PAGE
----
Fügassa, The Legendary Genoese Focaccia
Fügassa is a unique and special focaccia bread from Genoa, made with flour, water, yeast, salt and oil.
Fügassa, the real Genoese focaccia
Focaccia, better known as Genoese focaccia or fügassa in the dialect of Genoa, is a staple in the Ligurian cuisine. Its name comes from the Latin word focus, “domestic hearth”. In the sixteenth century focaccia used to be partaken of even during weddings, in the church, at the moment of the nuptial blessing. The recipe for Genoese focaccia has evolved over the centuries. First and foremost, animal fat has been replaced by olive oil. Genoese bakers have their own recipe, slightly different from one another in the leavening process. Some add cold water, other prefer to use lukewarm water. The label Focaccia Genovese protects fügassa against counterfeiting.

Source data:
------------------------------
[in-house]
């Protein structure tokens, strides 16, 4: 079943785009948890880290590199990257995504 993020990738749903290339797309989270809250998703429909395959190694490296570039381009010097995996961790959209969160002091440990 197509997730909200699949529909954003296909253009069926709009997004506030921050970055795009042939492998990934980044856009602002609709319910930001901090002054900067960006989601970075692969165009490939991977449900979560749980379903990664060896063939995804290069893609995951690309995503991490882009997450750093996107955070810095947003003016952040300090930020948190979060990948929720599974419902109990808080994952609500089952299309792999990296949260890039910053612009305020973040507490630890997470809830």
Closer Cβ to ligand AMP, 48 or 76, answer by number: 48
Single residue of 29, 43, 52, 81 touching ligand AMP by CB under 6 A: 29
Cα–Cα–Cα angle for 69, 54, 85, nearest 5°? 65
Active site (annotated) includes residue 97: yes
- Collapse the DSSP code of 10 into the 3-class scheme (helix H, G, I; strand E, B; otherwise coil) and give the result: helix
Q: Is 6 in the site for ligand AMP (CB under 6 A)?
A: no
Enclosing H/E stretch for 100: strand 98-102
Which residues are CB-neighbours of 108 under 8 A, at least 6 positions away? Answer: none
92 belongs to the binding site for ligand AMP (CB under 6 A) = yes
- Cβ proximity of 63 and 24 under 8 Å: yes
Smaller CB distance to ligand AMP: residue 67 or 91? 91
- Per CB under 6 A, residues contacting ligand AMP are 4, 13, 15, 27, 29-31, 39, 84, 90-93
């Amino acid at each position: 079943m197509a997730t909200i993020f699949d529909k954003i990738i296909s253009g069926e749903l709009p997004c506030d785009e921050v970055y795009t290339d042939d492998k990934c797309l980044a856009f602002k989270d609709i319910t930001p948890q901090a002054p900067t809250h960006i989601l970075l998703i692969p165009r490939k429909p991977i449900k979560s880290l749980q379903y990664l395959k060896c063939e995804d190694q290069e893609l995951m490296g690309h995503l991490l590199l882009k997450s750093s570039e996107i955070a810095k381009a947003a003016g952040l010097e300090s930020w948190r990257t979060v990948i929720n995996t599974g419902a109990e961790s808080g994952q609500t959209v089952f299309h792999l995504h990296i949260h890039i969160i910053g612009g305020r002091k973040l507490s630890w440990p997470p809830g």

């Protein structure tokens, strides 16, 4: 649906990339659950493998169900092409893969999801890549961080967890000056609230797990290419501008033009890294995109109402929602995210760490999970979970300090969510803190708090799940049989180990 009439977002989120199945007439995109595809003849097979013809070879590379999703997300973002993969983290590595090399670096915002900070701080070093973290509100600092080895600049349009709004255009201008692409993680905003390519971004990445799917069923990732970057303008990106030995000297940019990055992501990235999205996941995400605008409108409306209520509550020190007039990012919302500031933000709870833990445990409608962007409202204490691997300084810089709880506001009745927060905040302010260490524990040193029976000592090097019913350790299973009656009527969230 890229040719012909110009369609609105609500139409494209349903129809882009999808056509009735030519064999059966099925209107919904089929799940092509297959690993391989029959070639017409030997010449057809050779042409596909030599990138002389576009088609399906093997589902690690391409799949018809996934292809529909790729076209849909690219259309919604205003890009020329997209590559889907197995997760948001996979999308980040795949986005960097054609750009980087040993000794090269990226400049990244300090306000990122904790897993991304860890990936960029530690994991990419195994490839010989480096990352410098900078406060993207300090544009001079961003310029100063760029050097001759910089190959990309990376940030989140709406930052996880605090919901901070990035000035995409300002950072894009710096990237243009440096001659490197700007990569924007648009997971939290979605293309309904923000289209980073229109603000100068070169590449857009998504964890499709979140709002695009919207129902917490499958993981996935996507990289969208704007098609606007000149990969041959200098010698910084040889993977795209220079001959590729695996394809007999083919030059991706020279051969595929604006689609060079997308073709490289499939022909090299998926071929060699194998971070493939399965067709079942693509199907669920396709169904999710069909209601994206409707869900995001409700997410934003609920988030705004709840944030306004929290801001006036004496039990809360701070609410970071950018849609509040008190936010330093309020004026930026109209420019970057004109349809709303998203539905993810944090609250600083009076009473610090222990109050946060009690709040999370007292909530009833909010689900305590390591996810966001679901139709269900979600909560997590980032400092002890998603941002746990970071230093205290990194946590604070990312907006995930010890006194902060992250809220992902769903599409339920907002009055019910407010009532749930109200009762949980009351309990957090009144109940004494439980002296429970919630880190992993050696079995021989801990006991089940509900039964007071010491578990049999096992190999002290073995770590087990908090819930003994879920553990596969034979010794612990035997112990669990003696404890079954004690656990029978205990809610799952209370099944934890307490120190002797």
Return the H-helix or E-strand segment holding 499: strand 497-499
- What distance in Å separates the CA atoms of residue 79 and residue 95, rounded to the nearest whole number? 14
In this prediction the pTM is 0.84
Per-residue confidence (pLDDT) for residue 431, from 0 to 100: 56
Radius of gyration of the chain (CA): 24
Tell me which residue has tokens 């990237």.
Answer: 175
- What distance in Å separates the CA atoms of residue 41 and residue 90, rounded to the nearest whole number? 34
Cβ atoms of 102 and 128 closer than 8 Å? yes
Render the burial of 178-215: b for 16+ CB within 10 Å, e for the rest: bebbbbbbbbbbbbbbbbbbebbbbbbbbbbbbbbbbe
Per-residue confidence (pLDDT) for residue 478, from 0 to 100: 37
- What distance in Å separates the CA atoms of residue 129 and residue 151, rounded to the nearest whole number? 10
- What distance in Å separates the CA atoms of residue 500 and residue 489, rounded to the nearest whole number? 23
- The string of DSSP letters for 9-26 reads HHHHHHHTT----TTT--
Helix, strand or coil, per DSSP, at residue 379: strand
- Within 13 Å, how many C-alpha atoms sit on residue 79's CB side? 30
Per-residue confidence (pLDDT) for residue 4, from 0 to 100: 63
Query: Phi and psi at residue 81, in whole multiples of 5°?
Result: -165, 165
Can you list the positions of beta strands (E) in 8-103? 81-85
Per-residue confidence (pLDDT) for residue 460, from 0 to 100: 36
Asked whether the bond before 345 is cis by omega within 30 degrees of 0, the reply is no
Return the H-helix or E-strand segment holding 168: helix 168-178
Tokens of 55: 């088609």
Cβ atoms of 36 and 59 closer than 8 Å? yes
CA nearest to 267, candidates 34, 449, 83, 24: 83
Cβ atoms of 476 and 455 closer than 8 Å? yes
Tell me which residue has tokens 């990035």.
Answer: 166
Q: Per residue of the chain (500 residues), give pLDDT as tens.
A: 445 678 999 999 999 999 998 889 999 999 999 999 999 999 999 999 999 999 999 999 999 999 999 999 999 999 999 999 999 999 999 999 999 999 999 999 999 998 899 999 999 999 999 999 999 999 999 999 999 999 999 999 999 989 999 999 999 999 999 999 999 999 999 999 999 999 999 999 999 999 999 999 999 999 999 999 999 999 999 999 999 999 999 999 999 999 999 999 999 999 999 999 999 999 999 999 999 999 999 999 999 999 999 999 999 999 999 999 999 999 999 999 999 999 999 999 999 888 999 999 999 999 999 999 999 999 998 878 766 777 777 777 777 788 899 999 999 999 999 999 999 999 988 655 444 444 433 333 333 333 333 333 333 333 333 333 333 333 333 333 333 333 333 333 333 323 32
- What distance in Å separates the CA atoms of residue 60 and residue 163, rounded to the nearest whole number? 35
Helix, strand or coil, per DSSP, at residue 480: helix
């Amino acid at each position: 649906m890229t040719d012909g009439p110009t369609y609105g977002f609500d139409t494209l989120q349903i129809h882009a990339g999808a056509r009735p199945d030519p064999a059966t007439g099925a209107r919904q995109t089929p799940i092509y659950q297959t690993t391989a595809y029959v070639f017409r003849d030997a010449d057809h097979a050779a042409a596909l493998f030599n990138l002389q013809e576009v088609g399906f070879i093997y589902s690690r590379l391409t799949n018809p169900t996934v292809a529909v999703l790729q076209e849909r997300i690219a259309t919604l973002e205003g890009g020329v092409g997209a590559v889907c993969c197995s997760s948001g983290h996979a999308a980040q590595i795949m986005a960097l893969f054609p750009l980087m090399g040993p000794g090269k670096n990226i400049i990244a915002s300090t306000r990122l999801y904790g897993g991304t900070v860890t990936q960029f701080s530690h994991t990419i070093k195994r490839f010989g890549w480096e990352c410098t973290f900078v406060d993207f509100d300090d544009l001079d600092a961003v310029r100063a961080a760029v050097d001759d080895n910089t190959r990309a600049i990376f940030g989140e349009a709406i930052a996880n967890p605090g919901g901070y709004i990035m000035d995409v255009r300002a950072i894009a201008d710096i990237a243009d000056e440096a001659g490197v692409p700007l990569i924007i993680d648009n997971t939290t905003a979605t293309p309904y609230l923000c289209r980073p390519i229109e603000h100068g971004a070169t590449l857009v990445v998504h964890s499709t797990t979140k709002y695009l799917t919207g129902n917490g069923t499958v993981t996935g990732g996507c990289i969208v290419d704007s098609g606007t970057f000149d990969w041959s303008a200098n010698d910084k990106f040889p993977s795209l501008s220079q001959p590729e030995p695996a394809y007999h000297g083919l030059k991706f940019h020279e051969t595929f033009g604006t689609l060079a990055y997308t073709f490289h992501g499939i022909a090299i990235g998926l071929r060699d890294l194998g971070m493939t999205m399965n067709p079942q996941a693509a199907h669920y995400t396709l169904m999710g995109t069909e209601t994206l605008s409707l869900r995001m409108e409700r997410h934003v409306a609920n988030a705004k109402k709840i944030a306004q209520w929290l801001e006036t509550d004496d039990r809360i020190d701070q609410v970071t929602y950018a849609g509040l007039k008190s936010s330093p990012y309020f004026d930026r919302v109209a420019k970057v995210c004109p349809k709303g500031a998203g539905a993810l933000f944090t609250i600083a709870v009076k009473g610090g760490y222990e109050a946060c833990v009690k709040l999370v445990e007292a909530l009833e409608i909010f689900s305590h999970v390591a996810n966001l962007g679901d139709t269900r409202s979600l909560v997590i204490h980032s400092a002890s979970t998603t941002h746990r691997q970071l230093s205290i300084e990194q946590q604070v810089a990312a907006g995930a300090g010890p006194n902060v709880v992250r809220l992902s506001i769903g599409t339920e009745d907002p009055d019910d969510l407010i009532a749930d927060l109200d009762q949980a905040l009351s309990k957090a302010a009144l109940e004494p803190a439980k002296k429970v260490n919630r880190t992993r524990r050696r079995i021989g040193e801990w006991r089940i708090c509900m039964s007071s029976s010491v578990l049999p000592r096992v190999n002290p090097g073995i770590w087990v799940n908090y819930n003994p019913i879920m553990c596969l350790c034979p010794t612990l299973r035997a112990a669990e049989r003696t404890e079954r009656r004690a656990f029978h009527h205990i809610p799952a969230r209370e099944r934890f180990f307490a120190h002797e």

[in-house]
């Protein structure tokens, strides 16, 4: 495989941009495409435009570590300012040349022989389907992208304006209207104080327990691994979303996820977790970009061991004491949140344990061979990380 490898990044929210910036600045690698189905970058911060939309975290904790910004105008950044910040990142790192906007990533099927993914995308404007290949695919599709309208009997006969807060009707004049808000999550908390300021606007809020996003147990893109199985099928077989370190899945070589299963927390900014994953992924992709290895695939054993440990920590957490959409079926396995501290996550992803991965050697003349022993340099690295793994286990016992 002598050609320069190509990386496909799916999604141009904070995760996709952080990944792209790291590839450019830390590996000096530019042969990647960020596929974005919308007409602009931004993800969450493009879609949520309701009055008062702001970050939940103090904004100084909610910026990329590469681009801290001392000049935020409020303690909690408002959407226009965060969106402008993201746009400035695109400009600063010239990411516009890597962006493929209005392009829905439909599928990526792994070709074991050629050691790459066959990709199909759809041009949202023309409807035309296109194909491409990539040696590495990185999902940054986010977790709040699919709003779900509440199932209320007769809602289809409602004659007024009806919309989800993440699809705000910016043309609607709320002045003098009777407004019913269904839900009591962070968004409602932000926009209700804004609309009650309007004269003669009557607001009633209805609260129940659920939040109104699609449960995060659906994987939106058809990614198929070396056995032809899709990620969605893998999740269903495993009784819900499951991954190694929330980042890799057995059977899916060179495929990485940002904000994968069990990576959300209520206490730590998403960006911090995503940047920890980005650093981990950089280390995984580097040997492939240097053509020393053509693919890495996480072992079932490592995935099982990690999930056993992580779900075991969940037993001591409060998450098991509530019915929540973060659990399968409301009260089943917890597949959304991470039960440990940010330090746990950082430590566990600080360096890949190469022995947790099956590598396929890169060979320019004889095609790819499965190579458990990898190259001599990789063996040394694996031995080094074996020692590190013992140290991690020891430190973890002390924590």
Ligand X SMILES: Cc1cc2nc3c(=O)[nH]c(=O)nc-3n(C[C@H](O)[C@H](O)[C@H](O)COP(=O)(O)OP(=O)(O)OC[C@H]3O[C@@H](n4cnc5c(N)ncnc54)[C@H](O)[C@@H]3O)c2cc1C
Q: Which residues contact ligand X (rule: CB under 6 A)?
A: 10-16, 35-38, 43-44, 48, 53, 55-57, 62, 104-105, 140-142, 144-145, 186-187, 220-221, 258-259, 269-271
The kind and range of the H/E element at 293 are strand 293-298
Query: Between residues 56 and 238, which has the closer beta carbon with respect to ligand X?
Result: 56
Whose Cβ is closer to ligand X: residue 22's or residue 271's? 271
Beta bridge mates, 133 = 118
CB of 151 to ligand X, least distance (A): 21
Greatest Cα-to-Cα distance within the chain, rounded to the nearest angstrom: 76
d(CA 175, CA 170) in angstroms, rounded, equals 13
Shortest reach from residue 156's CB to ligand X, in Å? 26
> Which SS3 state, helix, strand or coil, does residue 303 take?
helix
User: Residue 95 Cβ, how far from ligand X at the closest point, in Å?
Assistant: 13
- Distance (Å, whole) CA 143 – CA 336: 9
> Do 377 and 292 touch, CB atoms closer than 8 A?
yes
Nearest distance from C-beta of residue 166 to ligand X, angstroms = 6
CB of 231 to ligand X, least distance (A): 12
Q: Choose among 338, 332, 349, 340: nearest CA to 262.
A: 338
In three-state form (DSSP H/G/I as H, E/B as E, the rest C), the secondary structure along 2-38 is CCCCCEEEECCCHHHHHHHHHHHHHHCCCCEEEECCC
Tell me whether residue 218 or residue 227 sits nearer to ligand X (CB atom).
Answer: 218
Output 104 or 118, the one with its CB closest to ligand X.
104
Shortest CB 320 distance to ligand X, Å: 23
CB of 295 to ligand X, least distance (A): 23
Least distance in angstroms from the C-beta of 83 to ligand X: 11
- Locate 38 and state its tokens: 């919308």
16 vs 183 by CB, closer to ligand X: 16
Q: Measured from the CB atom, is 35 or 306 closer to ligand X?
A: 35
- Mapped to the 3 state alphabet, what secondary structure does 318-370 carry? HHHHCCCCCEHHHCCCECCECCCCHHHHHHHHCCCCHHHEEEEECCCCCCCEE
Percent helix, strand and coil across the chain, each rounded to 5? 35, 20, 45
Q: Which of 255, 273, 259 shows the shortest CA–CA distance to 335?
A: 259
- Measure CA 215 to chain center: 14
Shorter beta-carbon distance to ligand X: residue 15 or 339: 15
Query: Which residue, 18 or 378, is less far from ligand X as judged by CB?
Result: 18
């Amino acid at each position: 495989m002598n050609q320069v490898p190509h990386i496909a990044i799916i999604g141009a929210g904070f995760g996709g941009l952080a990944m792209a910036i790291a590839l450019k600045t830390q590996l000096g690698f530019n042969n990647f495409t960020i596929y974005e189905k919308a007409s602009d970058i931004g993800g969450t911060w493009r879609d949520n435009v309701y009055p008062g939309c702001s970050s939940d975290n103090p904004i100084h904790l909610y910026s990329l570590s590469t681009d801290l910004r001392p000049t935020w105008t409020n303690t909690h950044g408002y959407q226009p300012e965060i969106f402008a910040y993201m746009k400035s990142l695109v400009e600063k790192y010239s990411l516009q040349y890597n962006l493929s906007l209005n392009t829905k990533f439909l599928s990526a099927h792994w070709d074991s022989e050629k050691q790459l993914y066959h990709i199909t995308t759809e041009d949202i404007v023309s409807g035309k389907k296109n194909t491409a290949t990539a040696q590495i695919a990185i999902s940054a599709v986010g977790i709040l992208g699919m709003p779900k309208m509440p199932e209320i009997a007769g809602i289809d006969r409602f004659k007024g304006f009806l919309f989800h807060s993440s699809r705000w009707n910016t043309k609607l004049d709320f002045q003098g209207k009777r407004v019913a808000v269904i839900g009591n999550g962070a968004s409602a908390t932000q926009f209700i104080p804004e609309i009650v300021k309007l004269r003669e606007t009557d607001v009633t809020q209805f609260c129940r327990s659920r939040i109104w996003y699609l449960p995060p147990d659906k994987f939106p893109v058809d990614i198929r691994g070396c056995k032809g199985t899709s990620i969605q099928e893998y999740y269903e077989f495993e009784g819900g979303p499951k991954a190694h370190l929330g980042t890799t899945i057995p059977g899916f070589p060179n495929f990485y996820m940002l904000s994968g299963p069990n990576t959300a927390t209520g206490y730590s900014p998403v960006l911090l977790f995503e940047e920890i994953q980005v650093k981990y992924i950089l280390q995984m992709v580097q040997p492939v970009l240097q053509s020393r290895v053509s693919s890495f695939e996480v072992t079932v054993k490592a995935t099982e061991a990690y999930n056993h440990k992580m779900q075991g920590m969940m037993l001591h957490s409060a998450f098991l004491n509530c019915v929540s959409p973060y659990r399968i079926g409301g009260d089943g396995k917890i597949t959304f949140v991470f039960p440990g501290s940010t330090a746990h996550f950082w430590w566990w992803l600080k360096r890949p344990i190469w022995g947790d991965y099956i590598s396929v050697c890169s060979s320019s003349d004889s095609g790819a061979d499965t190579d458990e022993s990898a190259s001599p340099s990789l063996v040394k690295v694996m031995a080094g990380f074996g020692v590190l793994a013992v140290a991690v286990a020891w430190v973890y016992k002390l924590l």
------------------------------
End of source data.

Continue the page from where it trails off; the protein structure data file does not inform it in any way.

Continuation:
The fügassa recipe
The fügassa dough is made with water, flour, salt, extra-virgin olive oil, yeast and malt that causes the surface to acquire a distinctively brownish colouring. Notwithstanding the simplicity of its making, the Genoese focaccia has a unique flavour and consistency. The dough is left to rest for about an hour. It is subsequently cut into smaller cakes, which are laid out on an oven tray and left to rest another short while. The baker will then sprinkle the dough with oil and water and gently pierce it using their fingertips. The whole process may take as long as 15 hours, leavening included. Fügassa is baked at 230°C for 12-15 minutes. The Genoese focaccia is a little crispy and hazel-brown on the outside, but soft and white on the inside.
Variations and typical pairings
The Genoese focaccia may be topped with thinly-sliced onions or green olives, added to the dough base before baking. When in Genoa, do as the Genoese do. Fügassa can be paired with the oddest beverages. If you dip it in cappuccino, you will be pleasingly surprised by the contrast between the saltiness of focaccia and the sweetness of sugared milk and coffee. An equally tasty alternative is jasmine tea.